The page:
Simon Bradstreet was born in Horbling, Lincolnshire. His father was the rector of the parish church. Prior to his emigration to America, Bradstreet attended Emmanuel College at Cambridge for two years. Bradstreet married the future poet Anne Dudley while still in England. She was the daughter of Puritan leader Thomas Dudley. Dudley and others recognized Bradstreet's administrative abilities, and he was persuaded to leave for the fledgling Massachusetts Bay Colony in 1630.
Bradstreet was chosen to fill several important positions in colonial affairs, and he served as an assistant in the upper house of the General Court for most of his life. During his first twenty years in the colony, he was heavily involved in business pursuits, as well as the founding of new towns. In 1661, he was chosen as an envoy to the court of Charles II, that monarch having recently been restored to power. In 1679 Bradstreet was chosen governor of the colony. He would turn out to be the last governor under the original charter. In 1686, the colony was denied its right to self-rule, and Sir Edmund Andros was installed as governor. Bradstreet served briefly as governor again after Andros was overthrown, but England replaced him with Sir William Phips in 1692. Bradstreet continued to serve in government until his death in 1697, in Salem, Massachusetts.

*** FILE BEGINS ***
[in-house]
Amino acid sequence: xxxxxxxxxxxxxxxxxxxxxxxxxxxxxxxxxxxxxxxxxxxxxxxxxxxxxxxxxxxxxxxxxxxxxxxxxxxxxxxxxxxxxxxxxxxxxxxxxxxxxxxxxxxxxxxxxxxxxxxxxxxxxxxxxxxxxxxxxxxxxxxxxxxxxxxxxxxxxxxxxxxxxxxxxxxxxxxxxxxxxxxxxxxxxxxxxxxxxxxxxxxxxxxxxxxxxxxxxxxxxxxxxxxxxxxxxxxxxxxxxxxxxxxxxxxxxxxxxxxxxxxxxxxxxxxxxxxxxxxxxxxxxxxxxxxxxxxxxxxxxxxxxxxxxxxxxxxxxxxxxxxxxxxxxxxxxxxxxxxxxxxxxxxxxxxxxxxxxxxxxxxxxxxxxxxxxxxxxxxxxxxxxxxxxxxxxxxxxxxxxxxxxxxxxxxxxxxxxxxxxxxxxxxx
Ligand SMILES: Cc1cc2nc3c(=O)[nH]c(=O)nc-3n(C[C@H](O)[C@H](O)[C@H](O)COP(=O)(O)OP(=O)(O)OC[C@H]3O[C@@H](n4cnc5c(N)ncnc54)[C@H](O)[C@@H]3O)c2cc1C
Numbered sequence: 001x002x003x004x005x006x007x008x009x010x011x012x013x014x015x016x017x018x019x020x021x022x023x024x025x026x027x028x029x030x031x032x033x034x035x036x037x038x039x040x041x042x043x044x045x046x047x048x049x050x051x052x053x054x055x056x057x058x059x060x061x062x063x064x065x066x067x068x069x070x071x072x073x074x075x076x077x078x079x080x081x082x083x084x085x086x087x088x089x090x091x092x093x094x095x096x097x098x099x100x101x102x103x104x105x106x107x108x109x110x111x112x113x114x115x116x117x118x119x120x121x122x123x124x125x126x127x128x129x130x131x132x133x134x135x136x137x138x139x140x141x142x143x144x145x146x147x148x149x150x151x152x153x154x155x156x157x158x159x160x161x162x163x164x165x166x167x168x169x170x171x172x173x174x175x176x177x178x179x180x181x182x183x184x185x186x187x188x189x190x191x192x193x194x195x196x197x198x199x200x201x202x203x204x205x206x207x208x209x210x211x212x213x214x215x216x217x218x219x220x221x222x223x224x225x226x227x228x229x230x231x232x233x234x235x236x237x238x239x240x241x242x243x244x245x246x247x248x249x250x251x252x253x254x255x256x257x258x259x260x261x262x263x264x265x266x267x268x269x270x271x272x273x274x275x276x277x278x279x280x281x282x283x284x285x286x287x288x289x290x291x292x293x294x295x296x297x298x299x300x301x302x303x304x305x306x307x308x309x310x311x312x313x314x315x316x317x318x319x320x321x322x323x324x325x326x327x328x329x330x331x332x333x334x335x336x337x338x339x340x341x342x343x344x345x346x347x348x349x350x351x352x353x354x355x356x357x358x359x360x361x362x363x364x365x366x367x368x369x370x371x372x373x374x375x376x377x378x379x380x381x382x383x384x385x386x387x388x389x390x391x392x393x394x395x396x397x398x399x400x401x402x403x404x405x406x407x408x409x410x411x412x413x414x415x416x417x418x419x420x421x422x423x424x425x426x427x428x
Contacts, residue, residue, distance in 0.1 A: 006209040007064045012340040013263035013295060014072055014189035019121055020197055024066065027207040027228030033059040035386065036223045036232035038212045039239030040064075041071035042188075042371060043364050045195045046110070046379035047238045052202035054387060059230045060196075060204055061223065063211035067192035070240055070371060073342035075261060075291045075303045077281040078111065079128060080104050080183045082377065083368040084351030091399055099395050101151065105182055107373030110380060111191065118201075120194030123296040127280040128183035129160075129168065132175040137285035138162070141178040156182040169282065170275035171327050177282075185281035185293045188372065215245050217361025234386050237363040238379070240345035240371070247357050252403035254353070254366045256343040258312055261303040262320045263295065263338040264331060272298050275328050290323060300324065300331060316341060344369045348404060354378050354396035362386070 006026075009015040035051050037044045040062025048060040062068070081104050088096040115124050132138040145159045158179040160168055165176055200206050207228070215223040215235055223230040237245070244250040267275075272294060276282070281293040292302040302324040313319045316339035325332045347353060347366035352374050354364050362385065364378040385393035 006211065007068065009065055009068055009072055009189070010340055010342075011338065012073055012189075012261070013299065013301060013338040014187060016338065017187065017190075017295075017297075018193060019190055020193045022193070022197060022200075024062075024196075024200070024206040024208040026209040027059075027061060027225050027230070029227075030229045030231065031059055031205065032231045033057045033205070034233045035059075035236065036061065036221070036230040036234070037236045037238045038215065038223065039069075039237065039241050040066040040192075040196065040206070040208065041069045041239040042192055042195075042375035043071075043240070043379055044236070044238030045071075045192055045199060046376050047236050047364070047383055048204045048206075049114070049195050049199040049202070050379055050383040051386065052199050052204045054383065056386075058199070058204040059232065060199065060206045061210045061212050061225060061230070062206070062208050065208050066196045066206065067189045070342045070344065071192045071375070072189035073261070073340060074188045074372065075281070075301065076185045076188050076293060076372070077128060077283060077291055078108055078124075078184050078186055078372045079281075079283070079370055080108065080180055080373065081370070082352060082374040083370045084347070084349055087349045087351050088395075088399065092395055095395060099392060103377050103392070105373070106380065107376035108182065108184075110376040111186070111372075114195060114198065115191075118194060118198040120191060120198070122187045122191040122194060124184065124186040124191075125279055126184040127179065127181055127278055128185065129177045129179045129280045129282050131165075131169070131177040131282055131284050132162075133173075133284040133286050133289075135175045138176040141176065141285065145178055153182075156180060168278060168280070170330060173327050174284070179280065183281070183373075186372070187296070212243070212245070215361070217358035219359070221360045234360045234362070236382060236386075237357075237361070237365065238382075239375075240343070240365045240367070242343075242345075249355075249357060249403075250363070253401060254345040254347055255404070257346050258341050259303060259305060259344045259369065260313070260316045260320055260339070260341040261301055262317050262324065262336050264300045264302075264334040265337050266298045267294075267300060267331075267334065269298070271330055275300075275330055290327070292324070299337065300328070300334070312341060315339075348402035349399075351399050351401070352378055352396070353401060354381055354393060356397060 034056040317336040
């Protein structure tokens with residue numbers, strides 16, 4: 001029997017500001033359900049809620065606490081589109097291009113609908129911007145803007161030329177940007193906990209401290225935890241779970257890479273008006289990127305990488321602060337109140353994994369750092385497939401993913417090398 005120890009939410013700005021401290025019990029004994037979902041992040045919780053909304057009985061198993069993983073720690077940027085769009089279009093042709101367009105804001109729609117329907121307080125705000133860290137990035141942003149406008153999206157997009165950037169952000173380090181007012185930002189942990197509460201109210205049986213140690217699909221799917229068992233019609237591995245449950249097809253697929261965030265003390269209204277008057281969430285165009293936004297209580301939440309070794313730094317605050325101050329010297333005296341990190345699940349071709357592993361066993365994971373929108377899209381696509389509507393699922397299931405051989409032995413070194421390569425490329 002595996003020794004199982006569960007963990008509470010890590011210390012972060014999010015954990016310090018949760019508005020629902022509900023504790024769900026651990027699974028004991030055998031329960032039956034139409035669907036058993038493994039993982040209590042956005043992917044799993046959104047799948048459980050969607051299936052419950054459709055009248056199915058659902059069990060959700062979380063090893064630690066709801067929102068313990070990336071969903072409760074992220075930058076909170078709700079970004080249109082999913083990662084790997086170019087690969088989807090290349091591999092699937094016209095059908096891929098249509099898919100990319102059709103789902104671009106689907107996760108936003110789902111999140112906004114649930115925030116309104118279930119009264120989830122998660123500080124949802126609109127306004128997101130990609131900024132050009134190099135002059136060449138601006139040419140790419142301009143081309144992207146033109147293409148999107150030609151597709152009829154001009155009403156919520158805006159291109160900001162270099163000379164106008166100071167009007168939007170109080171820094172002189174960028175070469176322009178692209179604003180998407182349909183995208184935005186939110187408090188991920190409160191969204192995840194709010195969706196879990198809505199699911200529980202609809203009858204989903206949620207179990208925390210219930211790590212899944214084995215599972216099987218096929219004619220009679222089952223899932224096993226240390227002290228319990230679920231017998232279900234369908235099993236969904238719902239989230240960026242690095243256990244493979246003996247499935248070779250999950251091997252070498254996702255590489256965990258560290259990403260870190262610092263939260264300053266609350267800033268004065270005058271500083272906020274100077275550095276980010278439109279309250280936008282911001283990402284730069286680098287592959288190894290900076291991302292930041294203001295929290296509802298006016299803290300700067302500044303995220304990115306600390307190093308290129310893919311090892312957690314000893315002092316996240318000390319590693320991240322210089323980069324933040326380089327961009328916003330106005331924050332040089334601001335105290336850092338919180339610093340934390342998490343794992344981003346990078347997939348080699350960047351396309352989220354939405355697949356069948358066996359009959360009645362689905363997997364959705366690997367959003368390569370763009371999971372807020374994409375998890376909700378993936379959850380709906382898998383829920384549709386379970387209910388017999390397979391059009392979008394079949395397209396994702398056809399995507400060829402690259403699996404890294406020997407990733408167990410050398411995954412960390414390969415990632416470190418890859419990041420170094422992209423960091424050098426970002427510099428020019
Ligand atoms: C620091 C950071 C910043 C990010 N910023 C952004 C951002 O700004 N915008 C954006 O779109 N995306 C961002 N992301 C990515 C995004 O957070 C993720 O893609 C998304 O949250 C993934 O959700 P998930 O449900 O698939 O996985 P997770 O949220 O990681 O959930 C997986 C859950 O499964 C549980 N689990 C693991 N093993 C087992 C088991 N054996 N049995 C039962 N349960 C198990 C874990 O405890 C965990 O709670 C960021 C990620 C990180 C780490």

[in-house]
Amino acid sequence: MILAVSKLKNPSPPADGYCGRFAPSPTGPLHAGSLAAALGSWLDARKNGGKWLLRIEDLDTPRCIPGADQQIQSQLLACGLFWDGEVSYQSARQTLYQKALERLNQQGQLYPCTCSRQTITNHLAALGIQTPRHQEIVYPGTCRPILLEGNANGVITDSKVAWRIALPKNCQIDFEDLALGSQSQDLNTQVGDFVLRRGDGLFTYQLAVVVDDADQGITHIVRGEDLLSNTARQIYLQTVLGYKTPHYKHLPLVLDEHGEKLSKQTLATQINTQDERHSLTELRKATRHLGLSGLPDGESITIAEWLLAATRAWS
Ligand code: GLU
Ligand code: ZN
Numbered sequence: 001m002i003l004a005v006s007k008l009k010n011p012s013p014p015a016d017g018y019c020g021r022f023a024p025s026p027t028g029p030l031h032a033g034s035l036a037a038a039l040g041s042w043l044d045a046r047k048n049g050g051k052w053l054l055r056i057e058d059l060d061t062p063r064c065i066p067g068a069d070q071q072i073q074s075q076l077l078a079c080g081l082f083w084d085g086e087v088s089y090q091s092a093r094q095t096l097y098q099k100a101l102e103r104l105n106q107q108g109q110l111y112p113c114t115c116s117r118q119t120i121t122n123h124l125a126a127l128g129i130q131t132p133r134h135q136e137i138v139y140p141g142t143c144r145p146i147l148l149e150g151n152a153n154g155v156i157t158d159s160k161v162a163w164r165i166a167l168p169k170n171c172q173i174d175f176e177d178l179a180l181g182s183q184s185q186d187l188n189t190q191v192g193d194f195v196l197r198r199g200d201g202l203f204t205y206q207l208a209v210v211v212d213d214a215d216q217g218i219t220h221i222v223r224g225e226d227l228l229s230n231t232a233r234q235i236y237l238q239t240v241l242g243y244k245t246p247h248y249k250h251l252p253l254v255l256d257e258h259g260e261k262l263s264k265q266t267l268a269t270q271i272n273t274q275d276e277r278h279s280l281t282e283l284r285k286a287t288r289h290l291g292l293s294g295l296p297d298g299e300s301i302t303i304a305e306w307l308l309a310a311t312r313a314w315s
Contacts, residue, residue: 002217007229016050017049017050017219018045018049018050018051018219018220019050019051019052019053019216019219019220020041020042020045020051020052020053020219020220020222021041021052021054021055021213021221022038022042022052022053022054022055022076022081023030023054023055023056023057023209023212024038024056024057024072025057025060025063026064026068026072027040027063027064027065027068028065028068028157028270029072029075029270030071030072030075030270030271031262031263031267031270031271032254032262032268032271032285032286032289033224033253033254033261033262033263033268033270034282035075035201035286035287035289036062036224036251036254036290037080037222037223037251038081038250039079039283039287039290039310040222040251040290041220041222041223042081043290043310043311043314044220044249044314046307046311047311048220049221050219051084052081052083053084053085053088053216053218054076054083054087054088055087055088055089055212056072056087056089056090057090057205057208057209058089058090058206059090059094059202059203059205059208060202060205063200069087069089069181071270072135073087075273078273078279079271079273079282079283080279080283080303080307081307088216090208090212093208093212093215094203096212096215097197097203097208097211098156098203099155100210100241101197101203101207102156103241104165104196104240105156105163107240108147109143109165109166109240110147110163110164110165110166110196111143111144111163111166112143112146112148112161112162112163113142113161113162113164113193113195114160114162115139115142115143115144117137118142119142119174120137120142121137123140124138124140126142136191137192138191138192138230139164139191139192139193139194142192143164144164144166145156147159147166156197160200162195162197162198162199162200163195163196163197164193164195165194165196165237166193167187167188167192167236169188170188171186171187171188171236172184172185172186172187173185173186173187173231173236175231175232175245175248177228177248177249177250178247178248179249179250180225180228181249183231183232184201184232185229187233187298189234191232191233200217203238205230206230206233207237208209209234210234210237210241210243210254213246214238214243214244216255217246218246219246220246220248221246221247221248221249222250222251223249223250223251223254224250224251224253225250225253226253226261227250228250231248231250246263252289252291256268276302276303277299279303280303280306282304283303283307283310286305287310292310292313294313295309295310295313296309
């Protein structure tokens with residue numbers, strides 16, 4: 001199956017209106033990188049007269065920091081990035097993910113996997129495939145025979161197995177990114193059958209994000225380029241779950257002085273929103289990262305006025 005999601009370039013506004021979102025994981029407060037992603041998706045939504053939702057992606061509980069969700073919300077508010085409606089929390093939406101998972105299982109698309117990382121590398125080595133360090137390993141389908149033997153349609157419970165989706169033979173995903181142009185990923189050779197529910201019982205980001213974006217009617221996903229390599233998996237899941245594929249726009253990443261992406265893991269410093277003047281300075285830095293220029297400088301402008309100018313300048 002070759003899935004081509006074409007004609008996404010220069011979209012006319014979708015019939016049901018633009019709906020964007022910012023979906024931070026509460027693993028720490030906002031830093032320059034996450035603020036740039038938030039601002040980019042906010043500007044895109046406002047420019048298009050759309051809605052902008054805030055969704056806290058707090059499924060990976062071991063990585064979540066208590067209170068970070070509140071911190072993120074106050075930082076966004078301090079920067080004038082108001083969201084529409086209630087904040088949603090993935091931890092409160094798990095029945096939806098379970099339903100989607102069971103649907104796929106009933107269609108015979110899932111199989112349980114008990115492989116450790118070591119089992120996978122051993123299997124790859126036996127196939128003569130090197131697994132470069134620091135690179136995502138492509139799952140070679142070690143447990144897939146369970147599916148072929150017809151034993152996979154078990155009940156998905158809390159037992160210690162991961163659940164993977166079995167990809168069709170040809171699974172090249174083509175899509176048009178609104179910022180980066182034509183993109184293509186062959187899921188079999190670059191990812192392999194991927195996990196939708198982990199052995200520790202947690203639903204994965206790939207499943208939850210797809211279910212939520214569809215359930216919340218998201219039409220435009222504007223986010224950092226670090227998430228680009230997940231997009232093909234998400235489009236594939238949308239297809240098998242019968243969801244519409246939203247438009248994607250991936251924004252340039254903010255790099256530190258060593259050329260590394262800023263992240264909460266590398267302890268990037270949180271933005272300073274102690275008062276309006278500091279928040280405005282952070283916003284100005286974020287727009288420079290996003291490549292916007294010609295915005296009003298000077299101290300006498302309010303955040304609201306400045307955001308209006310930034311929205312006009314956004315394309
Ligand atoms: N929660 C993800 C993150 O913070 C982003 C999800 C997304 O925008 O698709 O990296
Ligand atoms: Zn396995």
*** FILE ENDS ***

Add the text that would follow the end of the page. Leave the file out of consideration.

Simon Bradstreet built his first home in America at the present location of Harvard Square at Brattle Street and John F. Kennedy Street, Cambridge Massachusetts. That location is at 42°22'24.78"N and 71° 7'9.12"W.
His first wife Anne Dudley died in 1672; they had had eight children, of whom seven survived infancy. Bradstreet then married Ann Gardner, the widow of Captain Joseph Gardner of Salem. In June 1659, Bradstreet's daughter Hannah Bradstreet (by first wife Anne Dudley) married Andrew Wiggin, son of Governor Thomas Wiggin, governor of the Upper Plantation of New Hampshire.